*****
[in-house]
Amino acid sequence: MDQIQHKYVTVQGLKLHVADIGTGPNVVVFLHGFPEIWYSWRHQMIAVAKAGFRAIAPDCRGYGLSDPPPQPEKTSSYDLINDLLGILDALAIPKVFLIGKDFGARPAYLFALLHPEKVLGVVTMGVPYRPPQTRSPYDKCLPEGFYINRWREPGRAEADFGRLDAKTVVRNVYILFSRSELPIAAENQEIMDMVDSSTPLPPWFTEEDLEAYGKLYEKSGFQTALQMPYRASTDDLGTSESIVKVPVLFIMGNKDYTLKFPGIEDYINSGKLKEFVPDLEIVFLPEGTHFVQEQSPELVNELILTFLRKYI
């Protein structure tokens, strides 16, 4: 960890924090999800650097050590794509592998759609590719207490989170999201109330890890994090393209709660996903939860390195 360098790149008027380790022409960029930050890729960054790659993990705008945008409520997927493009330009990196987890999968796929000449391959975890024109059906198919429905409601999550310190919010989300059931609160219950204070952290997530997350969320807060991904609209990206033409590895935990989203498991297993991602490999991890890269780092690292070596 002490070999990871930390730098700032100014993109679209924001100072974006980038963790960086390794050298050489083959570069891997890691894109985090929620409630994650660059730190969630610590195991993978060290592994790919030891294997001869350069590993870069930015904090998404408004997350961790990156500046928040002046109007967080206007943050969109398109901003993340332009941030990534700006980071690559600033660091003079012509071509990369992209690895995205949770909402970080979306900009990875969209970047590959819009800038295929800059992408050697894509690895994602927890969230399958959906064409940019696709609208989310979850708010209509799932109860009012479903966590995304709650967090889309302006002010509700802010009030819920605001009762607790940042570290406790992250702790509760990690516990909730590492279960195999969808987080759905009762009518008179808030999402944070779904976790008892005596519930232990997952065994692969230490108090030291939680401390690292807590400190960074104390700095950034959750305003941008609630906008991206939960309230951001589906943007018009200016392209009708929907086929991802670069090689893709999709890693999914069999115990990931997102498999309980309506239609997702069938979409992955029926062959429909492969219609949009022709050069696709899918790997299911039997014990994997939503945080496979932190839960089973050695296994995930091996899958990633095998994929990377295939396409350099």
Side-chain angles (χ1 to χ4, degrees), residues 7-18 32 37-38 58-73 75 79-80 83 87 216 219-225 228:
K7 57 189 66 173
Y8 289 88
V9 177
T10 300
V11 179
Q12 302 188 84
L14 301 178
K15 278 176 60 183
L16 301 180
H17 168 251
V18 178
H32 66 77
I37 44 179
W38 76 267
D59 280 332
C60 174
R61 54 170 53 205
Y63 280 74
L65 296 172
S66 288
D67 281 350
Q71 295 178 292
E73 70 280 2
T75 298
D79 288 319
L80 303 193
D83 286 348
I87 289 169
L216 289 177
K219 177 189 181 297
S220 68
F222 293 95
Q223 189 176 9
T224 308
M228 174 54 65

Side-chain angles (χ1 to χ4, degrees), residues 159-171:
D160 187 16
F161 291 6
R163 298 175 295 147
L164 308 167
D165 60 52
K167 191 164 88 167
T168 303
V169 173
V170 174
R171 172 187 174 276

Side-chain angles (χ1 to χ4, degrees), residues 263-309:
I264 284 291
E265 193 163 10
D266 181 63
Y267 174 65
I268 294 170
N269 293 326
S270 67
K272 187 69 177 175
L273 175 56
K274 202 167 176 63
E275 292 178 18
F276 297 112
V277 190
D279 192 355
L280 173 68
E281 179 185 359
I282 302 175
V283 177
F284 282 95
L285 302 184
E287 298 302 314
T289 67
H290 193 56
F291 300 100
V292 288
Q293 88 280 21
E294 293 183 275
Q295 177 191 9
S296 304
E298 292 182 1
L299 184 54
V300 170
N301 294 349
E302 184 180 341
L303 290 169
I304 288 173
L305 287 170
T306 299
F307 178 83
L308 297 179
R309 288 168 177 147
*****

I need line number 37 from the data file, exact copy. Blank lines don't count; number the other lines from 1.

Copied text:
Q223 189 176 9